‘Hello Dolly’ a match for any era

Timeless musical comedy comes to Bear River stage
By: Paul Cambra, Features Editor
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Hello Dolly
When: Showtimes are 7 p.m. Thursdays, Fridays and Saturdays through Nov. 10, with a 2 p.m. matinee on Saturday Nov. 10.
Where: Bruin Community Arts Theater at Bear River High School, 11130 Magnolia Road, Grass Valley
Tickets: $10 for adult general seating, $8 for seniors over 60, students and children.
Info: (530) 268-3700 ext. 4616

Besides Louis “Satchmo” Armstrong, when someone says “Hello Dolly,” the first thing you think of is Barbra Streisand or Carol Channing, two larger-than-life personalities. So when it came time to cast the lead in Bear River High School’s upcoming play, director Amy Linden was looking for a certain quality.
 “You need to find a young lady with spunk,” Linden said. “They’ve got to have the ability to put themselves out there. Dolly is smooth. She is a saleswoman.”
Linden found what she was looking for in senior Chelsea Knowlton.
Her first lead role, Knowlton, 17, finds the part more demanding than a supporting role, with lots to memorize. Not that she would complain.
“Dolly’s main goal is to make sure other people are happy. I can relate to that,” Knowlton said. “I am a people pleaser. I like to make sure people around me are happy.”
The story follows Mrs. Dolly Levi, a widower and part-time matchmaker, in her efforts to marry the miserly half-millionaire Horace Vandergelder (played by junior Davis Lanterman). Set in New York City in the late 1890s, the turning of a new century is something not lost on today’s audience.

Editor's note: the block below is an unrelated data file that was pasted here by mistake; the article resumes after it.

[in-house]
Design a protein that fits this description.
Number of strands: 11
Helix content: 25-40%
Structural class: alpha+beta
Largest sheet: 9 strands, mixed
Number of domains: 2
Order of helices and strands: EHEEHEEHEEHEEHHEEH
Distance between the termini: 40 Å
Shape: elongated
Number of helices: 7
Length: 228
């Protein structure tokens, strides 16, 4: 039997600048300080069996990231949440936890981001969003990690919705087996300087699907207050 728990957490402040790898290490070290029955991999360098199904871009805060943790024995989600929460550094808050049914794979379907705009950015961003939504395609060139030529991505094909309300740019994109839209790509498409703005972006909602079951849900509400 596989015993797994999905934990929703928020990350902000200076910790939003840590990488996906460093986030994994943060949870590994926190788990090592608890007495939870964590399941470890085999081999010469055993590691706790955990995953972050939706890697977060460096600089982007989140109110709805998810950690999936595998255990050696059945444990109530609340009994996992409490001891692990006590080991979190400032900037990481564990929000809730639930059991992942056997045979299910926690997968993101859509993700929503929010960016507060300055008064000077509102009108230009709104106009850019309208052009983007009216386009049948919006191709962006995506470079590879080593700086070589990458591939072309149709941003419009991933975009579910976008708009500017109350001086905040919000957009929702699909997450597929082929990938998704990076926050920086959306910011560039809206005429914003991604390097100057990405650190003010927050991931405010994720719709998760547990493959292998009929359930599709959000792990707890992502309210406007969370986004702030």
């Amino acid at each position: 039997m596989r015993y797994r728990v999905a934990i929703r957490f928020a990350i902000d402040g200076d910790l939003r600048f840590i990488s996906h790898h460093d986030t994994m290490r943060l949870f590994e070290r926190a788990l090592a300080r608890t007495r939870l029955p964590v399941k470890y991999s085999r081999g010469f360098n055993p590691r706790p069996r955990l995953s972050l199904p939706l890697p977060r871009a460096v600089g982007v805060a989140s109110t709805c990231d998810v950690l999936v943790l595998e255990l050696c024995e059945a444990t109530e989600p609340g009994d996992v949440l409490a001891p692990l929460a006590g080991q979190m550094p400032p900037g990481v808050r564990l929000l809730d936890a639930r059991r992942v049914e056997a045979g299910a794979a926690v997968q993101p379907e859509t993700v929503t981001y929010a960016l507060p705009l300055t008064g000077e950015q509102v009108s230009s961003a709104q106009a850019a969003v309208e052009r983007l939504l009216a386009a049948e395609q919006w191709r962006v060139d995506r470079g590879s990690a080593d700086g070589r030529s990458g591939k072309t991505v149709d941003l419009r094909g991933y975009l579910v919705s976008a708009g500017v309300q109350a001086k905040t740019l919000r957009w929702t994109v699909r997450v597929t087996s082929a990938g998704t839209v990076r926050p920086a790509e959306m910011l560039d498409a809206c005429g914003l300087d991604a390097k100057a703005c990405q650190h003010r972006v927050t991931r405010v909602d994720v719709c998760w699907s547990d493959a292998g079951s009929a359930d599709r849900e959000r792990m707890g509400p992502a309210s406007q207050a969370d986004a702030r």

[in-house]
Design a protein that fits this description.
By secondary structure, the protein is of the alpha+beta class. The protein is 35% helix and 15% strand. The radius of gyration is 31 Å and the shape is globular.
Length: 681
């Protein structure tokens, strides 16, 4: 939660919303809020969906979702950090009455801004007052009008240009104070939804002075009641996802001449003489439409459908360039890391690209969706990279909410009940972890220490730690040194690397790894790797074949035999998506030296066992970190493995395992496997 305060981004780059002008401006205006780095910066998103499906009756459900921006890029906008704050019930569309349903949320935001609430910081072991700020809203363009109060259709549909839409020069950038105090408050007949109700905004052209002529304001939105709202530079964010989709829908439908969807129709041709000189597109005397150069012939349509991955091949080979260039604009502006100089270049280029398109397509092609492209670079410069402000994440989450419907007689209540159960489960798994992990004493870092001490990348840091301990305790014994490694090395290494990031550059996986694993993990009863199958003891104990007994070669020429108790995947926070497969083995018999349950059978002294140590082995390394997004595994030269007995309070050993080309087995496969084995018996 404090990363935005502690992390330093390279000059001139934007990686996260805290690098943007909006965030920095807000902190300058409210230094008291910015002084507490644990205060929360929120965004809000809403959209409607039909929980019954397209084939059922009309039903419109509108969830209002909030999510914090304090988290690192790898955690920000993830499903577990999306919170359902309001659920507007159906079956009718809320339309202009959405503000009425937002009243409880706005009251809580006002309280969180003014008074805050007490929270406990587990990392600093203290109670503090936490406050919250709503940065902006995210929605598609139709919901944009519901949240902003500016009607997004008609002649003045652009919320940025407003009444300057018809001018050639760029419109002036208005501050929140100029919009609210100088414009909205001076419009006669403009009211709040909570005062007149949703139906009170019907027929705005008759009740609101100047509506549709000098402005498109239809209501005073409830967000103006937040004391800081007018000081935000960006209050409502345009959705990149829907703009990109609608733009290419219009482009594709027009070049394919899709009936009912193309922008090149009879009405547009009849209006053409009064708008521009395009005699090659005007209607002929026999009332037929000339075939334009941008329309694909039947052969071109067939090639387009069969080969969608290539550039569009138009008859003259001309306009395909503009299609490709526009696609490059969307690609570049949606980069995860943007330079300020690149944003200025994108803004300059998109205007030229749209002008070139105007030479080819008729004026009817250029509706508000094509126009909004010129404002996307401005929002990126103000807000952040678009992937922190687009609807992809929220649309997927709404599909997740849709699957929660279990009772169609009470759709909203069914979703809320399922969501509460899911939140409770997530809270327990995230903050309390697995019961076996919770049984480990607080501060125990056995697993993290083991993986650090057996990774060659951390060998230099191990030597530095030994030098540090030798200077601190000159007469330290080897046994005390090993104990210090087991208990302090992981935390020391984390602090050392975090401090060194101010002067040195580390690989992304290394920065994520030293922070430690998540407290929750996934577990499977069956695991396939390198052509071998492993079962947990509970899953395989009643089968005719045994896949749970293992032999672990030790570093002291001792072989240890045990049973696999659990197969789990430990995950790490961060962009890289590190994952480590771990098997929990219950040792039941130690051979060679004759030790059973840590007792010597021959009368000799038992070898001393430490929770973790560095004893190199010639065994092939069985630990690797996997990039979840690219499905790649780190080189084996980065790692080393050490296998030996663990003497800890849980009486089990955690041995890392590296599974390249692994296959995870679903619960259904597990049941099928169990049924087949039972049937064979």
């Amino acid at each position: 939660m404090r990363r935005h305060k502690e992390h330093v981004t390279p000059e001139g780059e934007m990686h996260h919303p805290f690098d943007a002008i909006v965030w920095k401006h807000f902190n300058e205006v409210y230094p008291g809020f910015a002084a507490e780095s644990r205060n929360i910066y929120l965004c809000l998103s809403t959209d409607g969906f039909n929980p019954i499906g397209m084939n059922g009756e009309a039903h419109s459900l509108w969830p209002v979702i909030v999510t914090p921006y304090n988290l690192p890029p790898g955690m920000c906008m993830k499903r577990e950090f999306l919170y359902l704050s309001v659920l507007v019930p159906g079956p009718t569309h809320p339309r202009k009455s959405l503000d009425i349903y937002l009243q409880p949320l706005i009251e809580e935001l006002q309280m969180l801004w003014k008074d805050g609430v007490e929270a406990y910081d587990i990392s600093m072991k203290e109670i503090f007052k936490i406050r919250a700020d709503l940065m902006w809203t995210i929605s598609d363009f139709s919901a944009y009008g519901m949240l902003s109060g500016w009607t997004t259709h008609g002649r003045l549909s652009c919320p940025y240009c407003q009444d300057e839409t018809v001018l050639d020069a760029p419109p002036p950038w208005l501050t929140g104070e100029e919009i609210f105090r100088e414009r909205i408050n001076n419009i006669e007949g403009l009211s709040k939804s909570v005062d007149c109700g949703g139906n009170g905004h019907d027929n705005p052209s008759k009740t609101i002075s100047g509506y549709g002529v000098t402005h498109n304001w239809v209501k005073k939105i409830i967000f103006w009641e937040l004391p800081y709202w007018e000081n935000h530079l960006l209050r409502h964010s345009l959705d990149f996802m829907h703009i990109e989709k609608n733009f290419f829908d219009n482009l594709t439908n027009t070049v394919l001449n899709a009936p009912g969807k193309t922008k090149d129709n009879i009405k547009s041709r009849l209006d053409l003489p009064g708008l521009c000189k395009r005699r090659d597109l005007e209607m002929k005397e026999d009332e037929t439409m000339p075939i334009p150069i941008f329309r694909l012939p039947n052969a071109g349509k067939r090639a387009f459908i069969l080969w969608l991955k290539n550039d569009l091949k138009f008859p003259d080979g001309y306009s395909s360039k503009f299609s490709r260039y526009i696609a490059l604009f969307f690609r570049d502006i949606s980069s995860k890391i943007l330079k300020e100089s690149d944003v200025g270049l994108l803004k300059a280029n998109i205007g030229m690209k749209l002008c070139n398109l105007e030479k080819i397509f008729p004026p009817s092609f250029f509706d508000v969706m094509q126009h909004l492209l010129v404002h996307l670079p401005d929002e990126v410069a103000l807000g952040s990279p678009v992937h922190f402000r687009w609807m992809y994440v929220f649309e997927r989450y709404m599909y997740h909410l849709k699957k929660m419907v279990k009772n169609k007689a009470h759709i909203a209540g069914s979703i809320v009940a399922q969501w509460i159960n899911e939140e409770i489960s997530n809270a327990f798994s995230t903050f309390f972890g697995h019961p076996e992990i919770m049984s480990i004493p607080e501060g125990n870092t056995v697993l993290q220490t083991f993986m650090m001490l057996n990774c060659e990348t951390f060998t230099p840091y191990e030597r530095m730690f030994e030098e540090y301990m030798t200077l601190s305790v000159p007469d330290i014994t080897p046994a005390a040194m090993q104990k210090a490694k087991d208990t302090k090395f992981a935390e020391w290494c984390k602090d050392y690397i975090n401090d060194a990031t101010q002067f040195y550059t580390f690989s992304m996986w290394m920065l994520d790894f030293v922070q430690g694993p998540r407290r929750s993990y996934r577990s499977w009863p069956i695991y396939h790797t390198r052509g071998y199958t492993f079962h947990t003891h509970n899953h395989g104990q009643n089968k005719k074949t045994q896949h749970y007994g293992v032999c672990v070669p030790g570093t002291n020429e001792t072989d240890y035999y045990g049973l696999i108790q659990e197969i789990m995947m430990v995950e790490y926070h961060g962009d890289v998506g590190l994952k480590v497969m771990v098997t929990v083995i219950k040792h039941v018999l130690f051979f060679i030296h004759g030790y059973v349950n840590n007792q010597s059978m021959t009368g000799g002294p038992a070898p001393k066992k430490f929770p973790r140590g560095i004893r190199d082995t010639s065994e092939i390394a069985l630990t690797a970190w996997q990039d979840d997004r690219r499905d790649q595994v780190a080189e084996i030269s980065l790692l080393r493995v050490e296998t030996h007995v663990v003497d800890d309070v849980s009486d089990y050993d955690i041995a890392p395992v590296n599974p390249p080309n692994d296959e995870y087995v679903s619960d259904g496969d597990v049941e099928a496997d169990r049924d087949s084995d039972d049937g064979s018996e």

“There is so much that relates to today,” Linden said. “It was the turn of a century, there was labor union unrest, immigration issues … it was at the point where America was becoming a world power. As a history teacher, I’m telling my students ‘You have to see it.’”
The production involves a cast and crew of more than 30 Bear River High School students and will hold seven performances over 10 days, beginning last night.
 “I look forward to getting feedback from the audience and see how all of our hard work has paid off,” Knowlton said.
You can be sure a good portion of the audience will exit the building with the infectious title song stuck in their heads. And that’s a good thing.
“The whole thing of matchmaking is lost on this generation,” Linden said. “Love is always love, whether it is arranged or accidental.”
And that works no matter what century you’re turning into.